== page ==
We all were surprised when Tom, a friend of mine at McMaster, started baking bread. We shouldn't have been surprised.
After all, Tom was often doing surprising things: climbing mountains, riding his bike to South America or smoking a pipe.
But when those loaves came out of the oven, all hot, steaming and fragrant, we ate it anyway.
* * *
I still remember coming home from school and being welcomed by the embracing smell of fresh-baked bread. If I got home before my siblings, I would claim the crust, smother it with butter and honey and head downstairs to watch Welcome Back Kotter, Three's Company, Hogan's Heroes and WKRP in Cincinnati.
By today's standards, I watched far too much television as a kid; it's no wonder that I can't remember anything. My hard drive is full of after-school comedies from the 1970s.
* * *
Once, some years later, when I was visiting my folks, I asked my mother to teach me how to bake bread. We followed her recipe from the Laura Secord cookbook for whole wheat bread. My first attempts yielded loaves that were more suitable for construction than eating. But she ate them anyway.
Ahh..... a mother's love.
* * *
In time, I found a better recipe in the Living More With Less cookbook that I've adapted through praxis: cut the whole wheat flour with some white flour that has more gluten, don't grease the bowl when you set the dough to rise, play Mozart not Bach while it rises, substitute vegetable oil with sunflower or hemp, roll out the dough before proofing it in stoneware pans, score the top with a sharp knife to release any excess gas....
That page is now stained with sunflower oil and increasingly illegible - the sign of a good recipe; but no worries, I have it memorized.
* * *
In 1996, Tom invited me to Alberta to facilitate a series of workshops on creation stewardship up in the mountains in Kananaskis Country. My sessions were interspersed with frozen dashes across rushing, ice-cold streams, steep climbs towards ever distant peaks, knee-crunching descents down bouldered valleys and, in my case, a sudden fall into a crevasse while crossing a glacier.
Probably the most dangerous workshop I've ever facilitated.
When we returned to the lodge for the final day, I lead a final session in which I taught the participants to bake bread. I supplied them with all the ingredients and some basic instructions, but then left them to plunge their hands into the dough.
As the bread was rising and baking, I shared my thoughts about what baking my own bread meant to me. How it helped me maintain a connection to real food and the land, the wonder of carbon-capturing the off-gas of living yeast, how breaking bread builds community..... I like to think that the reflection was all the more poignant since they still had dough stuck under their finger nails.
But the real miracle took place that night at the final banquet when we served their loaves. Each rookie baker proudly displayed what they had produced: some lumpy, some chewy, but all theirs. They then started asking for each other's loaves by name. "Hey, pass me John's loaf, I want to try that..." or "Hey, Sue, this one is really good...".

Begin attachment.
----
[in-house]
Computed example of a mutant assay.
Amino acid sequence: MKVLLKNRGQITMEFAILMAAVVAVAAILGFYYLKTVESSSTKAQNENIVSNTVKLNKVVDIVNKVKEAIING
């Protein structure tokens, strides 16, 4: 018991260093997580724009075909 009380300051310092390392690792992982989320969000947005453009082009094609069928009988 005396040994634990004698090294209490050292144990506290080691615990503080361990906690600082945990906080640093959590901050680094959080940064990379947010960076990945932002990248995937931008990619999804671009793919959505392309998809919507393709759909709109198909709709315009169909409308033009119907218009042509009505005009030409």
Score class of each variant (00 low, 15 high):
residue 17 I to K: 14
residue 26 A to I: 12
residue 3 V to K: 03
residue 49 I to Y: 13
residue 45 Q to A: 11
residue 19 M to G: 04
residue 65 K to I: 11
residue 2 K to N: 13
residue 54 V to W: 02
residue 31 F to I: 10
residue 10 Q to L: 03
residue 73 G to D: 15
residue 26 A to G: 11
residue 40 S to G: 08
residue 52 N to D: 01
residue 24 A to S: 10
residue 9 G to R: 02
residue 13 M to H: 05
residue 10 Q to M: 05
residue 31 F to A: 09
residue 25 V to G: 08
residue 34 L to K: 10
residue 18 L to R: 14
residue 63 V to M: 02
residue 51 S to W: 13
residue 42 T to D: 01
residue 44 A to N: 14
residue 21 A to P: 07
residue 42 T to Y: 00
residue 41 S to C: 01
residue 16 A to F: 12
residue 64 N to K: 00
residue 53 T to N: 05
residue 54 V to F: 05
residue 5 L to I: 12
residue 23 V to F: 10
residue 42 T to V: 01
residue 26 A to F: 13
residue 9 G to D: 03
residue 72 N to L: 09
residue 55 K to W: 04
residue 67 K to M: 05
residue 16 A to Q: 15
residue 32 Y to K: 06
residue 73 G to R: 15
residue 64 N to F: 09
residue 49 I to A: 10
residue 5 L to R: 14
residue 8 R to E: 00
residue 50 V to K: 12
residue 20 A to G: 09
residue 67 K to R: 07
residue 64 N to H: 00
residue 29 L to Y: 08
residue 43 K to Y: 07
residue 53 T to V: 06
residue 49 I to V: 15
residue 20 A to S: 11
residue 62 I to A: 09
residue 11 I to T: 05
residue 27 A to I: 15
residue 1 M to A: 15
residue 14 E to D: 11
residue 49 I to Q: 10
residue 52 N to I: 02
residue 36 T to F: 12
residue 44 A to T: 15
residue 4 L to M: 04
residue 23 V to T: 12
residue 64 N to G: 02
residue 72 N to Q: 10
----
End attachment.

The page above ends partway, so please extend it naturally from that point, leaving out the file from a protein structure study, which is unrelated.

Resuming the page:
How do they know they know? Because they ate it.
* * *
Bread appears in different forms in most cultures: pita, tortilla, Italian, French, pumpernickel (a name reportedly coined by Napoleon when he derisively called it, "Pain pour Nicole" (his horse), chapati, matzo, challa, rye, Wonder....
The breaking of bread is a central symbol in the Christian tradition of hospitality, transcendence, and redemption.
But somehow I can't picture Jesus breaking Wonder Bread with his disciples. It would have had to been at least 12-grain --- preferably homemade by Martha.
* * *
I find creating a good learning design is a lot like making bread. It takes the right ingredients, care, patience, and a bit of brute force now and then as you mix it all up, knead the tasks to make them supple, fold the design back on itself, stretch it and fold it again. You can't rush it, as every draft needs to be punched down again and left to rise while you go for a bike ride.
But if the design rises well and you don't over or under facilitate it...well, it can be a transformative experience
Unless, of course, they don't tolerate gluten. Safety!
* * *
A single slice of Dempster's Whole Grain bread contains 130 calories; bagels, as much as 200.
By today's standards -- or at least as suggested by my increasingly-inadequate belt -- I eat far too much bread. I blame my mother for this.
* * *
I baked the communion bread for our wedding. Gary served it to 120 guests along with a bottle of South African red.
Everyone got a little bit, but more than enough. The first of a few miracles that day.
A second took place two hours later when the valve broke on the keg of beer that my brother and I had made for the wedding --another yeast partnership.
My cousin, who is an engineer, stole a rubber washer from the neighbour's garden hose and fixed the valve.
Not quite the miracle at Canaan, but he did save the party.
I can't remember if my bread was any good; I only got a small piece. But it was a good day.
* * *
From September to March, I bake bread twice a week. My kids enjoy their "Daddy Bread" smothered with butter and honey. They prefer it over Dempsters.
But I fear that my son is a Carbivore, as there are days he seems to eat nothing but bread, rice and noodles.
He also loves to watch videos.
Nothing surprising there, I guess.